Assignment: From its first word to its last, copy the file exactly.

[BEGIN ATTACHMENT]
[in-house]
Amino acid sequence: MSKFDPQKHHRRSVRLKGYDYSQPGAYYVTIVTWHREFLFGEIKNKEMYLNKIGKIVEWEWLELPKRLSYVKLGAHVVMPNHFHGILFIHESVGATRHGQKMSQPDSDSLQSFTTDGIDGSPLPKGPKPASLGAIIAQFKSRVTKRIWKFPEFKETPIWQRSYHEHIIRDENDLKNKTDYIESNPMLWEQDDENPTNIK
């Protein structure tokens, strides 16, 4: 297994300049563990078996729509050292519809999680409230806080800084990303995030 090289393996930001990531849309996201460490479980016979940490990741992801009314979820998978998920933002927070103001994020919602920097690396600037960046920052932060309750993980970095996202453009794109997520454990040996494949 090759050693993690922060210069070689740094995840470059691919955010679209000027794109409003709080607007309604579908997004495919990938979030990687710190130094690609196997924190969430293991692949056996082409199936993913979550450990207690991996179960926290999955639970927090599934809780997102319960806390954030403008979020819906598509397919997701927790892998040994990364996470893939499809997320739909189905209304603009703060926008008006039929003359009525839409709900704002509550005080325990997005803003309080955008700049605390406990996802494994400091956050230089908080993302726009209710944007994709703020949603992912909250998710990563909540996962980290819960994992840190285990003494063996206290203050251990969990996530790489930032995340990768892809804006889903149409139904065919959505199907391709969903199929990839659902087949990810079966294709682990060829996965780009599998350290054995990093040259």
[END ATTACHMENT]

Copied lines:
[in-house]
Amino acid sequence: MSKFDPQKHHRRSVRLKGYDYSQPGAYYVTIVTWHREFLFGEIKNKEMYLNKIGKIVEWEWLELPKRLSYVKLGAHVVMPNHFHGILFIHESVGATRHGQKMSQPDSDSLQSFTTDGIDGSPLPKGPKPASLGAIIAQFKSRVTKRIWKFPEFKETPIWQRSYHEHIIRDENDLKNKTDYIESNPMLWEQDDENPTNIK
């Protein structure tokens, strides 16, 4: 297994300049563990078996729509050292519809999680409230806080800084990303995030 090289393996930001990531849309996201460490479980016979940490990741992801009314979820998978998920933002927070103001994020919602920097690396600037960046920052932060309750993980970095996202453009794109997520454990040996494949 090759050693993690922060210069070689740094995840470059691919955010679209000027794109409003709080607007309604579908997004495919990938979030990687710190130094690609196997924190969430293991692949056996082409199936993913979550450990207690991996179960926290999955639970927090599934809780997102319960806390954030403008979020819906598509397919997701927790892998040994990364996470893939499809997320739909189905209304603009703060926008008006039929003359009525839409709900704002509550005080325990997005803003309080955008700049605390406990996802494994400091956050230089908080993302726009209710944007994709703020949603992912909250998710990563909540996962980290819960994992840190285990003494063996206290203050251990969990996530790489930032995340990768892809804006889903149409139904065919959505199907391709969903199929990839659902087949990810079966294709682990060829996965780009599998350290054995990093040259």